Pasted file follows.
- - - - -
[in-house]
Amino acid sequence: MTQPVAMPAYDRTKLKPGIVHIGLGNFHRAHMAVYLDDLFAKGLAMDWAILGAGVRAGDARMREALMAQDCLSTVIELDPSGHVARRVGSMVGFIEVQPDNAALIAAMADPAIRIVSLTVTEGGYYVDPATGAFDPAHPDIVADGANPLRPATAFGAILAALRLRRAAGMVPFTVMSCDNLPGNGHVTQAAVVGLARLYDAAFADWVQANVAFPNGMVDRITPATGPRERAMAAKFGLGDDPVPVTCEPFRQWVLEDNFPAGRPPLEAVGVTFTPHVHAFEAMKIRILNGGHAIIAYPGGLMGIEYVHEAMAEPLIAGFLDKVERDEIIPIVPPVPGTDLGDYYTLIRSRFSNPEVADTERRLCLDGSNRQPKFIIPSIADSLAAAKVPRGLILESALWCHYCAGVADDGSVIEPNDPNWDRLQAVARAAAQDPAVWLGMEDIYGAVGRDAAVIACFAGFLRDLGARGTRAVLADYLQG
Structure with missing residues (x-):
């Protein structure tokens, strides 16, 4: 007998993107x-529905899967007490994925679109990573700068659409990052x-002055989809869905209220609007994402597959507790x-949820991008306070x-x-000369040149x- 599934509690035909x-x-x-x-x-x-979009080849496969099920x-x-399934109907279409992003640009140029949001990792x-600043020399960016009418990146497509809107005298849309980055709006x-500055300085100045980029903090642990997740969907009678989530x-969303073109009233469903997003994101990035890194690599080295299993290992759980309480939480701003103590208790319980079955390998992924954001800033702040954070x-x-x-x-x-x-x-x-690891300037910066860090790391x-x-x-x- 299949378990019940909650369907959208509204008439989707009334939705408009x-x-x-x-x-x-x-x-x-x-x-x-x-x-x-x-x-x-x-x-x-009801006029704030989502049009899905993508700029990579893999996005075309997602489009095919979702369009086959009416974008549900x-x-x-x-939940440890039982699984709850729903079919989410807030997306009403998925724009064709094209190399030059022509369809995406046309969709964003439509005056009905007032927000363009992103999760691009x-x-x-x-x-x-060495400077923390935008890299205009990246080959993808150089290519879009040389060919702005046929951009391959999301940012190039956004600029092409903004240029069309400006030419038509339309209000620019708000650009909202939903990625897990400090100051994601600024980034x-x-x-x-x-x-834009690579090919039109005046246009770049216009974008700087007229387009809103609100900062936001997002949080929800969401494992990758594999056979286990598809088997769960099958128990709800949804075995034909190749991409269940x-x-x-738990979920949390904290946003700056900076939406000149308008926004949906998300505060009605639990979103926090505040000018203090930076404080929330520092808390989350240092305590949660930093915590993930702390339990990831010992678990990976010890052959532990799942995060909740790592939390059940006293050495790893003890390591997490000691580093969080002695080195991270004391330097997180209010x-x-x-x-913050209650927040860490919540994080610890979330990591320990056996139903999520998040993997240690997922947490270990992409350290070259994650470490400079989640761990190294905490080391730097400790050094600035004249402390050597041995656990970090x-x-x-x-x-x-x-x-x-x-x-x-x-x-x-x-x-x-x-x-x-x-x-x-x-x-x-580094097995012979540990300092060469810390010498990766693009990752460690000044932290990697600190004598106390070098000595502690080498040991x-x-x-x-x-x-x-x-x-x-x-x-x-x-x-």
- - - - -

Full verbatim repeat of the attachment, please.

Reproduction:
[in-house]
Amino acid sequence: MTQPVAMPAYDRTKLKPGIVHIGLGNFHRAHMAVYLDDLFAKGLAMDWAILGAGVRAGDARMREALMAQDCLSTVIELDPSGHVARRVGSMVGFIEVQPDNAALIAAMADPAIRIVSLTVTEGGYYVDPATGAFDPAHPDIVADGANPLRPATAFGAILAALRLRRAAGMVPFTVMSCDNLPGNGHVTQAAVVGLARLYDAAFADWVQANVAFPNGMVDRITPATGPRERAMAAKFGLGDDPVPVTCEPFRQWVLEDNFPAGRPPLEAVGVTFTPHVHAFEAMKIRILNGGHAIIAYPGGLMGIEYVHEAMAEPLIAGFLDKVERDEIIPIVPPVPGTDLGDYYTLIRSRFSNPEVADTERRLCLDGSNRQPKFIIPSIADSLAAAKVPRGLILESALWCHYCAGVADDGSVIEPNDPNWDRLQAVARAAAQDPAVWLGMEDIYGAVGRDAAVIACFAGFLRDLGARGTRAVLADYLQG
Structure with missing residues (x-):
């Protein structure tokens, strides 16, 4: 007998993107x-529905899967007490994925679109990573700068659409990052x-002055989809869905209220609007994402597959507790x-949820991008306070x-x-000369040149x- 599934509690035909x-x-x-x-x-x-979009080849496969099920x-x-399934109907279409992003640009140029949001990792x-600043020399960016009418990146497509809107005298849309980055709006x-500055300085100045980029903090642990997740969907009678989530x-969303073109009233469903997003994101990035890194690599080295299993290992759980309480939480701003103590208790319980079955390998992924954001800033702040954070x-x-x-x-x-x-x-x-690891300037910066860090790391x-x-x-x- 299949378990019940909650369907959208509204008439989707009334939705408009x-x-x-x-x-x-x-x-x-x-x-x-x-x-x-x-x-x-x-x-x-009801006029704030989502049009899905993508700029990579893999996005075309997602489009095919979702369009086959009416974008549900x-x-x-x-939940440890039982699984709850729903079919989410807030997306009403998925724009064709094209190399030059022509369809995406046309969709964003439509005056009905007032927000363009992103999760691009x-x-x-x-x-x-060495400077923390935008890299205009990246080959993808150089290519879009040389060919702005046929951009391959999301940012190039956004600029092409903004240029069309400006030419038509339309209000620019708000650009909202939903990625897990400090100051994601600024980034x-x-x-x-x-x-834009690579090919039109005046246009770049216009974008700087007229387009809103609100900062936001997002949080929800969401494992990758594999056979286990598809088997769960099958128990709800949804075995034909190749991409269940x-x-x-738990979920949390904290946003700056900076939406000149308008926004949906998300505060009605639990979103926090505040000018203090930076404080929330520092808390989350240092305590949660930093915590993930702390339990990831010992678990990976010890052959532990799942995060909740790592939390059940006293050495790893003890390591997490000691580093969080002695080195991270004391330097997180209010x-x-x-x-913050209650927040860490919540994080610890979330990591320990056996139903999520998040993997240690997922947490270990992409350290070259994650470490400079989640761990190294905490080391730097400790050094600035004249402390050597041995656990970090x-x-x-x-x-x-x-x-x-x-x-x-x-x-x-x-x-x-x-x-x-x-x-x-x-x-x-580094097995012979540990300092060469810390010498990766693009990752460690000044932290990697600190004598106390070098000595502690080498040991x-x-x-x-x-x-x-x-x-x-x-x-x-x-x-």